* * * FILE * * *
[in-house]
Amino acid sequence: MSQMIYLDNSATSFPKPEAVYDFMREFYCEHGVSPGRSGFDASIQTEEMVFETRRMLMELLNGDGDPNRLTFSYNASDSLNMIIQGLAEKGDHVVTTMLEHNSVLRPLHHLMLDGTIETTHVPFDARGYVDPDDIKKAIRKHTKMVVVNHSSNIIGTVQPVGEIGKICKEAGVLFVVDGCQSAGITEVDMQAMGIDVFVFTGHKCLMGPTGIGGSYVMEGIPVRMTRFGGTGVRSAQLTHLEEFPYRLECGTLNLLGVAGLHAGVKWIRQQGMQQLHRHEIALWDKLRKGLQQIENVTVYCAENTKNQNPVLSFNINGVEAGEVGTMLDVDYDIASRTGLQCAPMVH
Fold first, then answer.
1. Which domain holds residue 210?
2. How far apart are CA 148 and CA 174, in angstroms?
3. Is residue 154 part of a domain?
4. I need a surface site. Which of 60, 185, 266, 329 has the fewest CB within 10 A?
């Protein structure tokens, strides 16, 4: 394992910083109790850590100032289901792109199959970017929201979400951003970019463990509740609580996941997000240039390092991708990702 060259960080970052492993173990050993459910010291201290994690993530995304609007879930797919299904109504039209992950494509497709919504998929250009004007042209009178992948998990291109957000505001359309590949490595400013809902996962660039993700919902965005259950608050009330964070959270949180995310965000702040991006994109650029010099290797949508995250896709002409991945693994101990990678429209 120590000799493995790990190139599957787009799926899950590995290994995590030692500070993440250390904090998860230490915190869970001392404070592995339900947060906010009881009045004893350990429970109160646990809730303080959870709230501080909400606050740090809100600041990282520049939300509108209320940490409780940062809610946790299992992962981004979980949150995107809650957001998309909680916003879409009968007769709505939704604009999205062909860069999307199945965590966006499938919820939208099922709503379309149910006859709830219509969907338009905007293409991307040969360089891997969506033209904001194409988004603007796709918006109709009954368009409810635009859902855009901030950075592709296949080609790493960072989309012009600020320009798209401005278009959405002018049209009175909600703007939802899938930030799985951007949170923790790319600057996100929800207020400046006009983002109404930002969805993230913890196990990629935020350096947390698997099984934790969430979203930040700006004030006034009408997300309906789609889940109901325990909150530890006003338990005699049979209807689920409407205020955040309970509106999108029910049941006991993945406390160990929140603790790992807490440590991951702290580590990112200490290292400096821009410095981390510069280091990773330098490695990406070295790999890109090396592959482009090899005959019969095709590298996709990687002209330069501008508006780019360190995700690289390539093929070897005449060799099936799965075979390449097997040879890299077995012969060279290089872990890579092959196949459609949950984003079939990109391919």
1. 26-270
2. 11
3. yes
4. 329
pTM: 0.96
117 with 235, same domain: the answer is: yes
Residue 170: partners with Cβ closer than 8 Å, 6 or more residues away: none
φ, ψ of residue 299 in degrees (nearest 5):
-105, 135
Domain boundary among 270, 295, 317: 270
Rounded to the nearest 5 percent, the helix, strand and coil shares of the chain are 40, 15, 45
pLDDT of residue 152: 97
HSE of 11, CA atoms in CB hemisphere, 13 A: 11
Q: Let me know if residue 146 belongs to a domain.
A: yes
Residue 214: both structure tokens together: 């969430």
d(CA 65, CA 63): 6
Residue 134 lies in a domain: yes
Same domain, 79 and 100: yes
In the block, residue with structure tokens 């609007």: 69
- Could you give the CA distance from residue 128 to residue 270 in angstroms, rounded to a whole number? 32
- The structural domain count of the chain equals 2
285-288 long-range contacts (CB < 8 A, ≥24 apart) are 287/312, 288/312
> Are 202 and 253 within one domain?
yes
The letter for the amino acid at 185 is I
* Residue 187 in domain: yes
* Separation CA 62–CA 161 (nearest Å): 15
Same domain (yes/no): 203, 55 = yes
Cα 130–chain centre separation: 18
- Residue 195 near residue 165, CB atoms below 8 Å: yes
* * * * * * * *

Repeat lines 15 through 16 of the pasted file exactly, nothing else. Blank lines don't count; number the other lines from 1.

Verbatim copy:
Residue 170: partners with Cβ closer than 8 Å, 6 or more residues away: none
φ, ψ of residue 299 in degrees (nearest 5):